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July 27, 2017

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Taiwan-China arbitration may extend beyond HK

TAIPEI--Arbitration over person-to-person business disputes between Taiwanese and Chinese might be allowed to take place in locations other than Hong Kong under the terms of a proposed China-Taiwan investment protection pact, a source familiar with the matter said Wednesday.

Taiwan expects to finalize the investment pact in the eighth round of cross-strait negotiations between Chiang Pin-kung, chairman of Taiwan's Straits Exchange Foundation, and Chen Yunlin, president of China's Association for Relations Across the Taiwan Straits, expected to start in late June.

The source, who spoke on condition of anonymity, said such arbitration should be held in a third place other than China or Taiwan, but added that this location "might not be limited to Hong Kong," because arbitrators in the special administrative region might not be able to handle all the disputes between businessmen on each side of the Taiwan Strait.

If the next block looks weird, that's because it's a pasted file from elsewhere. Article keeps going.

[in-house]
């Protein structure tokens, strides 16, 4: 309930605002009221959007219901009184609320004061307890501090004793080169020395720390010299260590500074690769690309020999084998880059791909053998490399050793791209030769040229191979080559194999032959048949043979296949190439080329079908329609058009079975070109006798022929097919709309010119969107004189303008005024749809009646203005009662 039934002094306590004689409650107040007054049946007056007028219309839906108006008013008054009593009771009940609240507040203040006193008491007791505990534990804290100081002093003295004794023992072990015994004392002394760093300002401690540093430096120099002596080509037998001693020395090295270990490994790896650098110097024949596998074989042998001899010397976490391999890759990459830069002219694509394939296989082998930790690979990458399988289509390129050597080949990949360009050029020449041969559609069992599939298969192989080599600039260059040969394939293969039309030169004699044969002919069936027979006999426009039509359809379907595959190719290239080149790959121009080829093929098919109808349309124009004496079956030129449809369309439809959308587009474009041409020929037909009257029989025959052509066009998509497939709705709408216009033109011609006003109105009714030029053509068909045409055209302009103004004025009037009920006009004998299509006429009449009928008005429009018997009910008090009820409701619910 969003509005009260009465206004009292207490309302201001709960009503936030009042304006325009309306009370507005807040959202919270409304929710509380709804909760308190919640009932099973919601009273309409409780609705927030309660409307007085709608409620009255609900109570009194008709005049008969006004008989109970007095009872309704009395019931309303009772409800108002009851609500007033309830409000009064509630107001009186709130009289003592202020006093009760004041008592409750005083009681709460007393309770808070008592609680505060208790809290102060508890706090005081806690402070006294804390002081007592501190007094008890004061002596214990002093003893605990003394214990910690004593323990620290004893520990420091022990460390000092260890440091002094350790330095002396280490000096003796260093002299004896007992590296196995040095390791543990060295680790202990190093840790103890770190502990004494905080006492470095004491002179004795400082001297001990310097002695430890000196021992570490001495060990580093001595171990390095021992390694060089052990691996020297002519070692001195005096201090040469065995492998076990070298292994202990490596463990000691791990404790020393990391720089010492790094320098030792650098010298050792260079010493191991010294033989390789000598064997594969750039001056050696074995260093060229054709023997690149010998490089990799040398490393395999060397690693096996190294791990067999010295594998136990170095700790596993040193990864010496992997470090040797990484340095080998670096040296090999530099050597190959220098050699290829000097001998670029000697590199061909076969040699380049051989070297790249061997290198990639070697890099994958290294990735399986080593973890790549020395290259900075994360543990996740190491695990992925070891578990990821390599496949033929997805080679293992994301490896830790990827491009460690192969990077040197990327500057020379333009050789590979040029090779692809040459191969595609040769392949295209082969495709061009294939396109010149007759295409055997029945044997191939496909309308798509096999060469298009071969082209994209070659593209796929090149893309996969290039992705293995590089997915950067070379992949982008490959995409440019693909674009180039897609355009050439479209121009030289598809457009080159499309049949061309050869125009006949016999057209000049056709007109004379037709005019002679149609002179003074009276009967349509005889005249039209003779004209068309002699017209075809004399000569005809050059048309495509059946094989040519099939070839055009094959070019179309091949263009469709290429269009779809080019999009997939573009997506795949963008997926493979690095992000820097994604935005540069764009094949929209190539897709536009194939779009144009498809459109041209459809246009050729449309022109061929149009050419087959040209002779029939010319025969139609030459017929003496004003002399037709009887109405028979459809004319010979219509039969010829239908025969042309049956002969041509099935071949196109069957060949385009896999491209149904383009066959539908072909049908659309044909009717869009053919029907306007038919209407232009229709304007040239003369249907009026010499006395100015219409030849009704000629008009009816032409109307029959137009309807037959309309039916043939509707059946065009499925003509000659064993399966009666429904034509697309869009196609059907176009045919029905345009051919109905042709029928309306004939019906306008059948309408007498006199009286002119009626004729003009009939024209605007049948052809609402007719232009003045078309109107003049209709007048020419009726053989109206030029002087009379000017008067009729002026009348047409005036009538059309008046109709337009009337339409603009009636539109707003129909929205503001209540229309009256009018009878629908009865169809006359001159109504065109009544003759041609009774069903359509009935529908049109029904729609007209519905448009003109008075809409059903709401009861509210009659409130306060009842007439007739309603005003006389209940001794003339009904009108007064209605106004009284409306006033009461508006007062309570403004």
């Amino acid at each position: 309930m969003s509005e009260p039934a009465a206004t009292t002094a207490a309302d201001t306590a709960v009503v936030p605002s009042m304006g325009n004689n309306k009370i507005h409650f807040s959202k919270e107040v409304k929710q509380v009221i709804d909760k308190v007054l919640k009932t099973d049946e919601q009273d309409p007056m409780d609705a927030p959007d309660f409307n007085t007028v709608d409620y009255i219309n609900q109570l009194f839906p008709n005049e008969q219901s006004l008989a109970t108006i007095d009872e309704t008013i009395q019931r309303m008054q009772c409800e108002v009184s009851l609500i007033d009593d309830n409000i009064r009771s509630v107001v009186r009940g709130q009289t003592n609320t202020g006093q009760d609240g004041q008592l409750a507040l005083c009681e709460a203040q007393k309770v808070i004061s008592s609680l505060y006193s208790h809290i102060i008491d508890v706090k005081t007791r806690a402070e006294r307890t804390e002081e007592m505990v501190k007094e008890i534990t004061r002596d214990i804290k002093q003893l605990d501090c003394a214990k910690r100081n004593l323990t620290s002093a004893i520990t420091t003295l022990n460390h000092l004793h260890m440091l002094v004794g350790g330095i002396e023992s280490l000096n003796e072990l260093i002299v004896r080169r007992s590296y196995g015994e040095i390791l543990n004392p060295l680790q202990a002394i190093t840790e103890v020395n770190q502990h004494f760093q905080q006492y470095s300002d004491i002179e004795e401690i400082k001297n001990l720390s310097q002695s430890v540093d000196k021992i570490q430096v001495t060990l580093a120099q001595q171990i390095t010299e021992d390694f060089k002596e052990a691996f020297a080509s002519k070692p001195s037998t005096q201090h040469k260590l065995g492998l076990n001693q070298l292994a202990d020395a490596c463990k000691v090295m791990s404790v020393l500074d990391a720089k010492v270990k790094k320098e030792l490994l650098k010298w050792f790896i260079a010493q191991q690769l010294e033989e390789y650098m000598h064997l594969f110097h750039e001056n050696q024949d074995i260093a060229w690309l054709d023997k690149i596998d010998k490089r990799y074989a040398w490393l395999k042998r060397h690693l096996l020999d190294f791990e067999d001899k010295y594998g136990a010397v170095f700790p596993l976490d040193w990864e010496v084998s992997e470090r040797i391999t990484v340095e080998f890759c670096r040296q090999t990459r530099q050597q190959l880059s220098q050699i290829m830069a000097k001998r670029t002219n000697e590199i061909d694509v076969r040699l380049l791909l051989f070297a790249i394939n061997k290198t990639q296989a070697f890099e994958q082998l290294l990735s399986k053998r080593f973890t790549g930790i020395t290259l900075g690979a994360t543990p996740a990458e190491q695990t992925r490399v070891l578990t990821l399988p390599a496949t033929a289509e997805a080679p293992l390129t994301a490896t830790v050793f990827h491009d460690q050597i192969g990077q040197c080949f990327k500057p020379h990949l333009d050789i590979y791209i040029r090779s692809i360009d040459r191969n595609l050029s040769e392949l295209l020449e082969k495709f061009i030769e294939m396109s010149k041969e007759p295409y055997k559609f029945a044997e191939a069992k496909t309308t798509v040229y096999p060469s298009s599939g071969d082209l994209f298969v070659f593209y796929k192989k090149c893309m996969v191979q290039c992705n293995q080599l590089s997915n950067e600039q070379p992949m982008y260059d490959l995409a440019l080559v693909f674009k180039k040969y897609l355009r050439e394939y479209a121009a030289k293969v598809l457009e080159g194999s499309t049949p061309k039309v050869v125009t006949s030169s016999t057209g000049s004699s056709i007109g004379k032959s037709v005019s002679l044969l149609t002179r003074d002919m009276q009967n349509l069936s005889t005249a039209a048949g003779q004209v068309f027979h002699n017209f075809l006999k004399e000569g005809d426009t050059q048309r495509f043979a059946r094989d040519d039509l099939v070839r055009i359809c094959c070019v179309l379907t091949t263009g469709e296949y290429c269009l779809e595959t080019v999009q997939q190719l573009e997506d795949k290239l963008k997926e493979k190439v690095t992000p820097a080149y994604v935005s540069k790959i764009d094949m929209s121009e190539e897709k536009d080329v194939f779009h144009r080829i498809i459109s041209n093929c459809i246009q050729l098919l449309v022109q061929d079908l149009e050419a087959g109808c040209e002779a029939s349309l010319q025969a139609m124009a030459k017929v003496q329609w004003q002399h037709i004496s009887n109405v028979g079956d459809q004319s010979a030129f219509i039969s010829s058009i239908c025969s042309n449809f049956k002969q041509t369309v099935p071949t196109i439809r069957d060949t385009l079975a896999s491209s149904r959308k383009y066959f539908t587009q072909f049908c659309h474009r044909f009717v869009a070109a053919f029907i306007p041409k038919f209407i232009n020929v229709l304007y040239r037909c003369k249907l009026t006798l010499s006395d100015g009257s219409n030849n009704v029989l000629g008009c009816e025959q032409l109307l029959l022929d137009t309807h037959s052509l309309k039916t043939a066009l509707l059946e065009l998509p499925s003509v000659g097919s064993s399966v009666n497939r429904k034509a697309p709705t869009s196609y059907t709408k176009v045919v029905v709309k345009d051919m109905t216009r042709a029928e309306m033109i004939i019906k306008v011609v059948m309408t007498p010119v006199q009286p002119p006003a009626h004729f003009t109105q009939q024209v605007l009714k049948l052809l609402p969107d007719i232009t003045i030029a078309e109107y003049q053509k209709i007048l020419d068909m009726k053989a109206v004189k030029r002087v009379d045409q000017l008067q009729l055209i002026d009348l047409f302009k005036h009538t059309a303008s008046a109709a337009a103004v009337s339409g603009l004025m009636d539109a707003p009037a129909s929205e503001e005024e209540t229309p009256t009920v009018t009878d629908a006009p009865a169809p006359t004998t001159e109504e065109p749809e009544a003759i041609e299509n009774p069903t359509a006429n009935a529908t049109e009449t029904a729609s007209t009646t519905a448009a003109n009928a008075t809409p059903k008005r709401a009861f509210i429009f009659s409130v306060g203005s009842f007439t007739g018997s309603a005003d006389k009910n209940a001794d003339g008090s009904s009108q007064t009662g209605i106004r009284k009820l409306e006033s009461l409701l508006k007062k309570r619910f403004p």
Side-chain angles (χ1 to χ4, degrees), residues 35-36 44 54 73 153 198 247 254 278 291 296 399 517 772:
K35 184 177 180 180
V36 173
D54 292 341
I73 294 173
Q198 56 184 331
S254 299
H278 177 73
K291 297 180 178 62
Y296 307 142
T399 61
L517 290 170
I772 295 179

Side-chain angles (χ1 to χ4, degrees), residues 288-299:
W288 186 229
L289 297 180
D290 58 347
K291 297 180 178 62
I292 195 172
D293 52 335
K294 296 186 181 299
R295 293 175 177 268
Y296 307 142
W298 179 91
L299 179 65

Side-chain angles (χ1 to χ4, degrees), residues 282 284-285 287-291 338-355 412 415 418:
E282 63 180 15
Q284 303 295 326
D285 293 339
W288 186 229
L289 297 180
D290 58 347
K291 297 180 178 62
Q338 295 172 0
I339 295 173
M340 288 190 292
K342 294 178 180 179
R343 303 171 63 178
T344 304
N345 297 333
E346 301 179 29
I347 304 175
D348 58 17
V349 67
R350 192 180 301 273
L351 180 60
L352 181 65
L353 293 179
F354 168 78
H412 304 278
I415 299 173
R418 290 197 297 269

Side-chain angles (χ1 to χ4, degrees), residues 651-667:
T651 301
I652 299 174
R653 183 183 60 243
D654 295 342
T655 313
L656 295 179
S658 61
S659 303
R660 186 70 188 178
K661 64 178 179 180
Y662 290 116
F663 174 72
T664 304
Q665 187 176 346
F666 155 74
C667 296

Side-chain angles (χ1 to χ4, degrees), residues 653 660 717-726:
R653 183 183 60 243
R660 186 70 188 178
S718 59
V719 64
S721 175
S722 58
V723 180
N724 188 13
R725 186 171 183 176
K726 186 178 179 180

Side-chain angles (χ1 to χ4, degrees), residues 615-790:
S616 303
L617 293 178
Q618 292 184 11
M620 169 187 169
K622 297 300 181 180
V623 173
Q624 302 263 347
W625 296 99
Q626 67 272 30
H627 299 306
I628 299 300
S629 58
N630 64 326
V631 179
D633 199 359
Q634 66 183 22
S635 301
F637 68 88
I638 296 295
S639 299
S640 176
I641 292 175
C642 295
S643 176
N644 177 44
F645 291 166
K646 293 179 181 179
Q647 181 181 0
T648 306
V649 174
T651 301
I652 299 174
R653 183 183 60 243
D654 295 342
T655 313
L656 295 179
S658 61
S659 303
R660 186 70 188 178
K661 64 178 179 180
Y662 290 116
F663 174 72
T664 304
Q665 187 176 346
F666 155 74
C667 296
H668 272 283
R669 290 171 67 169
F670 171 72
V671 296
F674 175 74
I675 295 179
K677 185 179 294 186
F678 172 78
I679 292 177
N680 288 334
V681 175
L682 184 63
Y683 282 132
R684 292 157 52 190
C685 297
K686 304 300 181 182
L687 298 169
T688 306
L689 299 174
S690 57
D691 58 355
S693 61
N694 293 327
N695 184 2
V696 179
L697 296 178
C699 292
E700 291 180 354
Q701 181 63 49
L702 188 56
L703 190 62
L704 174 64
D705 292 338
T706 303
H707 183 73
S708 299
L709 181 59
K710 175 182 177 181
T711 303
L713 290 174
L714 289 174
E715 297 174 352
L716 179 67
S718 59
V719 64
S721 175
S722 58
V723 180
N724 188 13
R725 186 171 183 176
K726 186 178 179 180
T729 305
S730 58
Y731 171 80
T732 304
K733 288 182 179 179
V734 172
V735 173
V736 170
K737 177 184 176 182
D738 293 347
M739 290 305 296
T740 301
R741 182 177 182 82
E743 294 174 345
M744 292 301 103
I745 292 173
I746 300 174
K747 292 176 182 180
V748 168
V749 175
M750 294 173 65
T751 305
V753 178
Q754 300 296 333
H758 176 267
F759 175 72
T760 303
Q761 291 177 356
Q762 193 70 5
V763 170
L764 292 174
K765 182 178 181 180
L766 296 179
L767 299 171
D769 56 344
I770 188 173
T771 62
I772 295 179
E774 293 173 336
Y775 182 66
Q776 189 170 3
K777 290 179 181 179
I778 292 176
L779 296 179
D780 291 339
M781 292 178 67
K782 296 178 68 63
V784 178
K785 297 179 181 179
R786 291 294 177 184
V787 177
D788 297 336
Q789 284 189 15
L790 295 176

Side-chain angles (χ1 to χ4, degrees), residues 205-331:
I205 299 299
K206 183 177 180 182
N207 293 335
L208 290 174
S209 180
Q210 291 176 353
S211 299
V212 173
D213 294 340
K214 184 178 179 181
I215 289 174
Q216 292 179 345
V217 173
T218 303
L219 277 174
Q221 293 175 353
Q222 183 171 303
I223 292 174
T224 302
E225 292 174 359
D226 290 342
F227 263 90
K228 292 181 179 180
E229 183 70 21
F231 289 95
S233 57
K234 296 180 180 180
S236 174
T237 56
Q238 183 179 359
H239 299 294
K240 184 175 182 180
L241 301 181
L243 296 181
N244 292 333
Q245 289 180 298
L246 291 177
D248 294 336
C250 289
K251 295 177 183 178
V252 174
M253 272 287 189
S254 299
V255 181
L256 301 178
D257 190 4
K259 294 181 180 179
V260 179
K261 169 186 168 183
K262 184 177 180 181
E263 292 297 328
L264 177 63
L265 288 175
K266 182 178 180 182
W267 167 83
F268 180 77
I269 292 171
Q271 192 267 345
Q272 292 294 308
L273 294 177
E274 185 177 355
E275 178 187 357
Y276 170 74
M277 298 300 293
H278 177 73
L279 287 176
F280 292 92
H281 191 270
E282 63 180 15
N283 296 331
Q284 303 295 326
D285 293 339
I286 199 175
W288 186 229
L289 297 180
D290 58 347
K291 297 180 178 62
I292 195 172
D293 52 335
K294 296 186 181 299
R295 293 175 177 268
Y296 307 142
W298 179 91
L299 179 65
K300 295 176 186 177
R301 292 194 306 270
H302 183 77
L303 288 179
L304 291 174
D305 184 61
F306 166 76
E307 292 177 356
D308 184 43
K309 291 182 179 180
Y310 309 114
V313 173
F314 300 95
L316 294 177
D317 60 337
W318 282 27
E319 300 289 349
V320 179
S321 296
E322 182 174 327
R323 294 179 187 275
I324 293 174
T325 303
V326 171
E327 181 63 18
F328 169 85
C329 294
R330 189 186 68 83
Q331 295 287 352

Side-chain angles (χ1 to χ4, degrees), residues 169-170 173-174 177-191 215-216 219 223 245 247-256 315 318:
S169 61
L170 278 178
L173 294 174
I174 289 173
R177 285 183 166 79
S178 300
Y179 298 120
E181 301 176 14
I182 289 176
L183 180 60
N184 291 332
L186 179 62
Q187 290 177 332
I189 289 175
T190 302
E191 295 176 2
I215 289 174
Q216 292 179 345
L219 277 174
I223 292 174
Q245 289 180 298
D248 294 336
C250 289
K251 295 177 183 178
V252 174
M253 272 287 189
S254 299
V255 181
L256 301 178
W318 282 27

He added that from a legal perspective, Taiwanese negotiators will insist that arbitration be allowed to take place in other countries, such as Singapore or the United States, as long as investors from both sides reach agreement beforehand and state it in their contracts.

Lai Shin-yuan, head of Taiwan's Mainland Affairs Council, said on her Facebook page June 9 that more than 65 percent of the investment disputes Taiwanese people face when doing business in China are of a person-to-person nature.

She said that although most international investment agreements do not involve a person-to-person arbitration mechanism, considering the special cross-strait situation, Taiwanese negotiators have proposed including person-to-person dispute arbitration in the investment protection pact.

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